That’s a feature that Netflix is quietly testing, and it’s quickly drawn a big backlash from Hollywood creatives.
First noted by Android Police, savvy mobile users of the streaming service spotted a new feature on the Netflix Android app that allowed subscribers to speed up (or slow down) playback without muting the volume (to playback speeds 0.5x, 0.75x, 1.0x, 1.25x or 1.5x, respectively). The feature is not unlike what most podcast and audiobook apps already have and is used by some listeners to consume content more quickly (or, in some cases, to slow it down if they have a difficult time understanding it).
The first-blush response from industry creatives, however, was not good. Turns out filmmakers don’t like the idea of viewers watching their painstakingly crafted work on Chimpmunks mode.
Filmmaker Judd Apatow (Knocked Up), who also co-created the Netflix series Love, tweeted this threat: “Don’t make me have to call every director and show creator on Earth to fight you on this. Save me the time. I will win but it will take a ton of time. Don’t f— with our timing. We give you nice things. Leave them as they were intended to be seen.”
Breaking Bad star Aaron Paul, who is reprising his acclaimed role in the Netflix movie El Camino, slammed the move: “Stop … There is NO WAY @netflix will move forward with this. That would mean they are completely taking control of everyone else’s art and destroying it. Netflix is far better than that. Am I right Netflix?”
Director Peyton Reed (Ant-Man) tweeted: “This is a terrible idea, and I and every director I know will fight against it.”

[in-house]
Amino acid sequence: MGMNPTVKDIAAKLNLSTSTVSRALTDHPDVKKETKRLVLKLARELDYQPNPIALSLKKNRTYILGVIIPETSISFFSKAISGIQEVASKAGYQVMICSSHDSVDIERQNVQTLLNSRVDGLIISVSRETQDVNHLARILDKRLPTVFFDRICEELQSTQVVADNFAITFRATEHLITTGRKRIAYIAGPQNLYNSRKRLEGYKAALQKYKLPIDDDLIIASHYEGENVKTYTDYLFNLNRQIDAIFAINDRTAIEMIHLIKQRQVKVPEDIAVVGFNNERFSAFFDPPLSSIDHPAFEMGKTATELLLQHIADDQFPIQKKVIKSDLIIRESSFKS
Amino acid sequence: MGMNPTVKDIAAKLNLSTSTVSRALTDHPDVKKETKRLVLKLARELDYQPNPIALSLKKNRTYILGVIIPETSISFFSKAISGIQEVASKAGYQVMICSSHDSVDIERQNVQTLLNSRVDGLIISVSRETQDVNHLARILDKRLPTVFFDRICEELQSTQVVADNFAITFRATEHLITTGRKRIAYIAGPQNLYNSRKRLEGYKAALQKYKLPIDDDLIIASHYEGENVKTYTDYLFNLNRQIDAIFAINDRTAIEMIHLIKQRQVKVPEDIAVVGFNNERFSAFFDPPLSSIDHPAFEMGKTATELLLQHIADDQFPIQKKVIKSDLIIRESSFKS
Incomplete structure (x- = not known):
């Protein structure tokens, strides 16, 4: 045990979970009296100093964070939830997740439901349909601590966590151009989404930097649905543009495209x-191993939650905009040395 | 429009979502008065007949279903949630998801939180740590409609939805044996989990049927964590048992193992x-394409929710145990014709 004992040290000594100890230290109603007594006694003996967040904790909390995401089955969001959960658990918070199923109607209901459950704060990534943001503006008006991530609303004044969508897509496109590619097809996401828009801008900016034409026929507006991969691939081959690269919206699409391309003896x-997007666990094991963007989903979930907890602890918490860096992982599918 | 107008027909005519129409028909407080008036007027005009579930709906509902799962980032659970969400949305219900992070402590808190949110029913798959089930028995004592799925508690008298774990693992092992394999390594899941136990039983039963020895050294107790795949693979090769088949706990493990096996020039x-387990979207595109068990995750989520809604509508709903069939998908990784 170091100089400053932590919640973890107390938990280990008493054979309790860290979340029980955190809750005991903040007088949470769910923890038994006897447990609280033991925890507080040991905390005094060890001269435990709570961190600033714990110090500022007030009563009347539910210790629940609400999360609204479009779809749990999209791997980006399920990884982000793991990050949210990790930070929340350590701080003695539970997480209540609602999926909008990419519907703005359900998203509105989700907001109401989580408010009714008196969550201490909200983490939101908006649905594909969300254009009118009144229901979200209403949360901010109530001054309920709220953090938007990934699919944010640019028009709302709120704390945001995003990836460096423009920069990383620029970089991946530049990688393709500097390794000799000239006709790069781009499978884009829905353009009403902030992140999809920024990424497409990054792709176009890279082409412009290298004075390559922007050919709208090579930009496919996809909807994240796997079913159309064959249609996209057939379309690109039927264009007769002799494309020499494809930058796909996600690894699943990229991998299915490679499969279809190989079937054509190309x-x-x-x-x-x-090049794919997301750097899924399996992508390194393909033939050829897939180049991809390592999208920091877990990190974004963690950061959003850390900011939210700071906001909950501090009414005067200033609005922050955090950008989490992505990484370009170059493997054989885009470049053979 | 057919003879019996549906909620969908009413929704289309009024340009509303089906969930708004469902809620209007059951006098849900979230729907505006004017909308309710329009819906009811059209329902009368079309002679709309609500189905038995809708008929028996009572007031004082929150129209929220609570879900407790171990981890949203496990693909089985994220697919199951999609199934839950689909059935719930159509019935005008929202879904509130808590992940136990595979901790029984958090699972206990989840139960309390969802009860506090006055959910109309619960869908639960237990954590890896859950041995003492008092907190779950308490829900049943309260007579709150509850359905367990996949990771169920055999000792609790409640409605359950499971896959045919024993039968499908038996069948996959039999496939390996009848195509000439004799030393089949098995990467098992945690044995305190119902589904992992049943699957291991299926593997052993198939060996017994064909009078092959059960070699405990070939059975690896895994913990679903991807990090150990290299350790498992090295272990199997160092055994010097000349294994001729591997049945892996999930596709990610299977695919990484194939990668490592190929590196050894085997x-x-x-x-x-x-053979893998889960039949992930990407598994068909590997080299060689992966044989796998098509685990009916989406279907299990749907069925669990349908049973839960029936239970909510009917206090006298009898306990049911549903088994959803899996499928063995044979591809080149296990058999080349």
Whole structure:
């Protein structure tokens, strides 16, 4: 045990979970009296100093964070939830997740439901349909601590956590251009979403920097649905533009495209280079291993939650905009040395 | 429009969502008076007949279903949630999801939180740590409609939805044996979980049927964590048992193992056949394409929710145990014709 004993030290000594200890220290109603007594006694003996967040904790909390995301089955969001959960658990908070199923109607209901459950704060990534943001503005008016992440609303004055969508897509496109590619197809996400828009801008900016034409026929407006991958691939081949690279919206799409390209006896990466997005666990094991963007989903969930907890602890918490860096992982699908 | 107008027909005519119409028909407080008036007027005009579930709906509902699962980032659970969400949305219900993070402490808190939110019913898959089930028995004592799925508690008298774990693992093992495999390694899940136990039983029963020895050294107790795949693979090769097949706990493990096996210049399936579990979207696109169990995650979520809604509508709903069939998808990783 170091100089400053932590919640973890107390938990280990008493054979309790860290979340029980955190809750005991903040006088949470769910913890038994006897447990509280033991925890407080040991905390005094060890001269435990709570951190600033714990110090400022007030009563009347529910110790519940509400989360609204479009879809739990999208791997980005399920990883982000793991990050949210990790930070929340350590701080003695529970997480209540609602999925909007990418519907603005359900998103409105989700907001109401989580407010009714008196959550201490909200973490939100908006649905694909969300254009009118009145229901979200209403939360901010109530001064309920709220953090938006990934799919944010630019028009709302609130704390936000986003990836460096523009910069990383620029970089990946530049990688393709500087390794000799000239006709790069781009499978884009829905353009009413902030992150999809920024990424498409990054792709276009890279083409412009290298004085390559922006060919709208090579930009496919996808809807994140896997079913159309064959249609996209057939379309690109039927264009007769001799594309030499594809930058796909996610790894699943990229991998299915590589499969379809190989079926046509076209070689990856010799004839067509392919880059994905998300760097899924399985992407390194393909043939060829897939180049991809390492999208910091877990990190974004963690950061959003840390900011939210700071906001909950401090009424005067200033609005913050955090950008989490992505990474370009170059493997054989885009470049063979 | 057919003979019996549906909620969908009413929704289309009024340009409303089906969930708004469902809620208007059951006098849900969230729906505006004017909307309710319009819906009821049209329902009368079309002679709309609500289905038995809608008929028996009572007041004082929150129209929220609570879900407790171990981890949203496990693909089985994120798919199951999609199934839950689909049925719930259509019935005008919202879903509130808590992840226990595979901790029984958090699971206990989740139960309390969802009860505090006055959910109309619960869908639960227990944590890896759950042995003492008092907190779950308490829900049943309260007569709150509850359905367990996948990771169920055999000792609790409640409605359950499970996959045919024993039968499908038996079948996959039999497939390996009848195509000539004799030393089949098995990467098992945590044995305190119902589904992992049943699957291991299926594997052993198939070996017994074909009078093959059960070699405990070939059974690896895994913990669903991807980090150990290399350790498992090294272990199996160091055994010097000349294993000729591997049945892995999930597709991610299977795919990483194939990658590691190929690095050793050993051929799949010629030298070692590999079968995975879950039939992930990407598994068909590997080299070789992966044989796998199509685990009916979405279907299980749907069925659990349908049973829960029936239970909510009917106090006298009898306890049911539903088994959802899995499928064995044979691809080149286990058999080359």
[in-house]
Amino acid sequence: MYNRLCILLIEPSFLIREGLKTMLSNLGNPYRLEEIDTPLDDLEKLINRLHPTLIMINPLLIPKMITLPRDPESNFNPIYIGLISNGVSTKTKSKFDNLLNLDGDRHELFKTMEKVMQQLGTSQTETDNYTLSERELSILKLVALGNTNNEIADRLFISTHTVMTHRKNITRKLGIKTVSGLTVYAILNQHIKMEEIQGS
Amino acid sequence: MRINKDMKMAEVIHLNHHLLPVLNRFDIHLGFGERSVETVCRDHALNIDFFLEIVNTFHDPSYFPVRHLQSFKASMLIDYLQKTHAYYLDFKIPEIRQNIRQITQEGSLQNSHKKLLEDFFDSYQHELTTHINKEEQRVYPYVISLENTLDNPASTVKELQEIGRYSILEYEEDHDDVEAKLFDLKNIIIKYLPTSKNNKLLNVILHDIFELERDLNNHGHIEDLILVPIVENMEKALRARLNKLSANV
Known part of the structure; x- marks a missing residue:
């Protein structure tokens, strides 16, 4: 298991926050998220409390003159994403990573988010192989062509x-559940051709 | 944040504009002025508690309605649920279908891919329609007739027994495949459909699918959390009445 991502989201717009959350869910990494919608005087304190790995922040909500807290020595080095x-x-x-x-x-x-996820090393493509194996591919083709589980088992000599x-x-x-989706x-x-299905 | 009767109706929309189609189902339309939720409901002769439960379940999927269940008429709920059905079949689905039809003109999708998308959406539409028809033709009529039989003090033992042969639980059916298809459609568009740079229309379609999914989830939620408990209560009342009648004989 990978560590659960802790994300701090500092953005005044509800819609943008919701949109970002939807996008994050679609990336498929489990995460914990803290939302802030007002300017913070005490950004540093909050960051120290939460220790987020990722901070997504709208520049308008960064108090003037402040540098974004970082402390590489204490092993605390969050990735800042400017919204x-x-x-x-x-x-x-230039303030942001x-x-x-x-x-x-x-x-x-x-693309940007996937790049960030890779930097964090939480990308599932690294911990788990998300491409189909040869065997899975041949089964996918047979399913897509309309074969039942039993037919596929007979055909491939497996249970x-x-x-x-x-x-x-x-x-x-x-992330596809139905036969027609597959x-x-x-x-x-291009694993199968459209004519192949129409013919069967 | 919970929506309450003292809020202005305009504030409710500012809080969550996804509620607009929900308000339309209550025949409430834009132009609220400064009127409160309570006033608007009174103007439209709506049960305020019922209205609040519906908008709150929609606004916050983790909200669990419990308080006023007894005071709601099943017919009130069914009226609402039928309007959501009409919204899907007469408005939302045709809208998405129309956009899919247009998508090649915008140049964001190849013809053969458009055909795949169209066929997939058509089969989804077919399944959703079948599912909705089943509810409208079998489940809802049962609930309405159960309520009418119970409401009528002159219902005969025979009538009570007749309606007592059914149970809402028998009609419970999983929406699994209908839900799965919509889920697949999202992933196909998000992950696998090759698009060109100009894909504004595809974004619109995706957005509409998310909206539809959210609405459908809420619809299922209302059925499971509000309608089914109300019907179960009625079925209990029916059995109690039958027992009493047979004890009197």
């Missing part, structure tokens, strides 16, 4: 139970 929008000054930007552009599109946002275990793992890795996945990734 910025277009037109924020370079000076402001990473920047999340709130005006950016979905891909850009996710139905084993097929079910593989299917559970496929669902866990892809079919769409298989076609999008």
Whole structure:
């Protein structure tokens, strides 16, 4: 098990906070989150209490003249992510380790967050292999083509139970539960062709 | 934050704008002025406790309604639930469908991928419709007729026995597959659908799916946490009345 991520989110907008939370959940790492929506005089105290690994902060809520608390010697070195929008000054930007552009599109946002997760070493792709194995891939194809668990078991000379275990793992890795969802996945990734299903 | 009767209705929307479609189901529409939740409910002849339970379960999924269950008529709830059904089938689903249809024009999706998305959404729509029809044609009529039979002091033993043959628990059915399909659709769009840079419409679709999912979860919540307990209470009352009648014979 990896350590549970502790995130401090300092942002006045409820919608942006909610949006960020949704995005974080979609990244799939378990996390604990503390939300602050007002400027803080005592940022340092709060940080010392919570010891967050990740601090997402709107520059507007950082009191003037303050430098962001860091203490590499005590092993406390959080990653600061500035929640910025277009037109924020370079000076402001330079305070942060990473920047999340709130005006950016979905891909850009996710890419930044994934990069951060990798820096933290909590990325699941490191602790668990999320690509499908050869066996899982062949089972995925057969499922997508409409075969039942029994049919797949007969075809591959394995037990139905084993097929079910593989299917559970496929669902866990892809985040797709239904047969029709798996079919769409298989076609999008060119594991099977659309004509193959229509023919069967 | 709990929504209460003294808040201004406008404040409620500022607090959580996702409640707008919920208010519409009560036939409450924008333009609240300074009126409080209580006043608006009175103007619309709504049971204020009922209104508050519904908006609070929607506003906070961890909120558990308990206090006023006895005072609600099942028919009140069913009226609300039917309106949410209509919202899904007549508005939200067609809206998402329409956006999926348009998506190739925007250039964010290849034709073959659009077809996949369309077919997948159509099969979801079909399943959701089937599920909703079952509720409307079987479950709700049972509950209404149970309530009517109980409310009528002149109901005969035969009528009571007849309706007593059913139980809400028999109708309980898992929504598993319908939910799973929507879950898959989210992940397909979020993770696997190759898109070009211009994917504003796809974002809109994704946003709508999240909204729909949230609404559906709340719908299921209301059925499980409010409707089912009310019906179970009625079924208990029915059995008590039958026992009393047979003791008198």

Director Brad Bird (The Incredibles and Mission: Impossible: Ghost Protocol) tweeted it was “another spectacularly bad idea” and “another cut to the already bleeding-out cinema experience”.
Director Peter Ramsey (Spider-Man: Into the Spider-Verse) tweeted: “Does everything have to be designed for the laziest and most tasteless?”
Netflix released a statement assuring the feature is only being tested and is not permanent… yet.
“We’re always experimenting with new ways to help members use Netflix,” a spokesperson said in a statement. “This test makes it possible to vary the speed at which people watch shows on their mobiles. As with any test, it may not become a permanent feature on Netflix.”
UPDATE: Netflix is defending the test and says they’re taking creative concerns into account. Netflix vice president Keela Robison wrote in a blog post: “This last test has generated a fair amount of feedback – both for and against. Given the questions being raised, I wanted to share more details about what’s happening … This is a mobile-only test and gives people the ability to vary the speed at which they watch on phones or tablets. It’s a feature that has long been available on DVD players — and has been frequently requested by our members. For example, people looking to rewatch their favorite scene or wanting to go slower because it’s a foreign language title. We’ve been sensitive to creator concerns and haven’t included bigger screens, in particular TVs, in this test. We have no plans to roll any of these tests out in the short term. And whether we introduce these features for everyone at some point will depend on the feedback we receive.”